Issue 50 (2015) : Special Feature KiKu-50

Aleksei Balabanov: Cargo 200 (Gruz-200, 2007)

reviewed by Seth Graham© 2015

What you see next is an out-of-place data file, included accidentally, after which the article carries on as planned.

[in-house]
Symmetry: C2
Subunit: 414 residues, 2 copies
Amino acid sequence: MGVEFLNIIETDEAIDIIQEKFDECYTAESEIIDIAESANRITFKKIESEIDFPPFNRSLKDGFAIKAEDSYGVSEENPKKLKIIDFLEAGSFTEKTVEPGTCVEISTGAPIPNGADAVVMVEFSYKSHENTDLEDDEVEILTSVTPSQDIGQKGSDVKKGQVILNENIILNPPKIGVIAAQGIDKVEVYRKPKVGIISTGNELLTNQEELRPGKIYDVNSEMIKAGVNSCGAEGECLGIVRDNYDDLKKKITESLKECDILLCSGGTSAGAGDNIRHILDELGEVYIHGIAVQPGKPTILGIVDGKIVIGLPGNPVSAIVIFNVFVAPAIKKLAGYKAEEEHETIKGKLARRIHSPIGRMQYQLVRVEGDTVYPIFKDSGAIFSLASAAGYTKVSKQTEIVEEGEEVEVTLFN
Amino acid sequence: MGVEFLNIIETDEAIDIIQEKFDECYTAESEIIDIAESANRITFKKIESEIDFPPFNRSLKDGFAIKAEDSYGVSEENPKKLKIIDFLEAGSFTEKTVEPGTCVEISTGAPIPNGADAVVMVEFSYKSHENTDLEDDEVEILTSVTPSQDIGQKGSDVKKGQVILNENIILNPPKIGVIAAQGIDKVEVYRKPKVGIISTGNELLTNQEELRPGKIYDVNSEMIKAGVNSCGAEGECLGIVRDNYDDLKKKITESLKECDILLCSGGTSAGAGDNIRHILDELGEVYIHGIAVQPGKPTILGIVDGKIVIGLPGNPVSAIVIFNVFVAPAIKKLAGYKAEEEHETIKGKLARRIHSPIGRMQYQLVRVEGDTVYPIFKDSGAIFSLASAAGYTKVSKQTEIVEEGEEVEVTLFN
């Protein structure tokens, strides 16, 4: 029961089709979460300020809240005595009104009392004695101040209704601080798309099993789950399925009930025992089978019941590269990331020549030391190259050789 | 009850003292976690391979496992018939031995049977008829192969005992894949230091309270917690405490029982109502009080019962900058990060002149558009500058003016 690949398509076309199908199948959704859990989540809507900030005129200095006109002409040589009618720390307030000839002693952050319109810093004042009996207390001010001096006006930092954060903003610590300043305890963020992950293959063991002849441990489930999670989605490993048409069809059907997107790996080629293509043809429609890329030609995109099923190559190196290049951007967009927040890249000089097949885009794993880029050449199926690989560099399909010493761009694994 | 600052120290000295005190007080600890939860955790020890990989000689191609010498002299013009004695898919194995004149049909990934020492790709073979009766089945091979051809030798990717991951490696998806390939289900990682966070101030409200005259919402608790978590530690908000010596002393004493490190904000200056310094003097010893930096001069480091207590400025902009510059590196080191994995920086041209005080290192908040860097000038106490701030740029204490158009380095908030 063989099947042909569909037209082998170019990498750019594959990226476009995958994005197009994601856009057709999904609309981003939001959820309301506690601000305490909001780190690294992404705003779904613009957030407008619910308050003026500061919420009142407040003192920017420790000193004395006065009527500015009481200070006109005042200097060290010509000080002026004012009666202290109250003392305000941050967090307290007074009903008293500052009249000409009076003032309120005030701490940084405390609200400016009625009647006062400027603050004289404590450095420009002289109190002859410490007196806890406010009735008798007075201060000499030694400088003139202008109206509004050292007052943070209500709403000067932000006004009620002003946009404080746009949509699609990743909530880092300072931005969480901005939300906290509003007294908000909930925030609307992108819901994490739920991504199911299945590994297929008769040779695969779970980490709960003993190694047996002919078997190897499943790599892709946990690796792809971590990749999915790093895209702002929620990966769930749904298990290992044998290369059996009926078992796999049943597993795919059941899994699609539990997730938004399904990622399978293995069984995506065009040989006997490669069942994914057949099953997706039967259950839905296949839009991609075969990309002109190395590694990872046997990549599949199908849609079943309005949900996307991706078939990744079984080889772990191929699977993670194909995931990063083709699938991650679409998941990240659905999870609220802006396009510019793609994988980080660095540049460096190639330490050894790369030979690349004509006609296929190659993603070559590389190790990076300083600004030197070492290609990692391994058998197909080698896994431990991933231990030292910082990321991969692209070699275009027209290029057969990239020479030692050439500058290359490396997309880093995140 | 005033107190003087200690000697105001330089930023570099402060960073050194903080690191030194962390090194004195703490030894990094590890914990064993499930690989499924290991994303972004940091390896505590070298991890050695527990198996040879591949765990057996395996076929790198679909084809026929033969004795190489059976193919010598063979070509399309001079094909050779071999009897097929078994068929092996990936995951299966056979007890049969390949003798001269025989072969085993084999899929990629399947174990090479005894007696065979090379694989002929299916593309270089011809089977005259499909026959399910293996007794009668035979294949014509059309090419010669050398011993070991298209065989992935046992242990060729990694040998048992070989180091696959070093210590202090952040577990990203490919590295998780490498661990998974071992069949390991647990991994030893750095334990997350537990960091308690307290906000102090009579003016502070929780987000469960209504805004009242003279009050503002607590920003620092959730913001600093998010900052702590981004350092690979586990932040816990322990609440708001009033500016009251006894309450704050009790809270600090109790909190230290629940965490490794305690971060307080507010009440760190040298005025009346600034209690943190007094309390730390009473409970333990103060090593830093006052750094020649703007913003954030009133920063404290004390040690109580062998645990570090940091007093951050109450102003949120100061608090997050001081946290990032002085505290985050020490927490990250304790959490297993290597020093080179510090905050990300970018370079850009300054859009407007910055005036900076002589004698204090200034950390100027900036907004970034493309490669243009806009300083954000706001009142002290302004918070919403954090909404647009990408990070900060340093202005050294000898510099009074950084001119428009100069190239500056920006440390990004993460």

gruz200Retrospective or “second-look” reviews of films that were thoroughly and publicly discussed years before, at the time of their release, can have an air of artificiality and self-indulgence about them. Why is someone re-reviewing a five-, ten-, or fifteen-year-old movie? In the case of this review and the others in this celebratory cluster for KinoKultura’s fiftieth issue, however, a series of second looks is in order. This is in part because of the changes we have seen in the Russian film industry, and Russia itself, in the dozen years since Birgit Beumers produced “issue zero” (Feb. 2003) of this journal almost single-handedly (of the five reviews in that issue, four were by Birgit and the fifth—of Balabanov’s War—was by Sergei Lavrentiev). The years that have passed since then have seen (to put it mildly) a renewed attention to the production (and content) of cinema and other mass media on the part of the Russian government, as well as significant domestic political events (partly stemming from the “Snow Revolution” of 2011-12, the events in Ukraine since 2014, and a series of well-publicized new laws dictating “appropriate” content for visual and other texts). These changes provide us with a new background against which to talk about the extrinsic meanings of films made in the period. In the case of Cargo 200 specifically, recent revisions to the official (and popular) attitude towards the Soviet period, including its twilight years during the Stagnation period, a popular object of nostalgia, add another layer of perspective.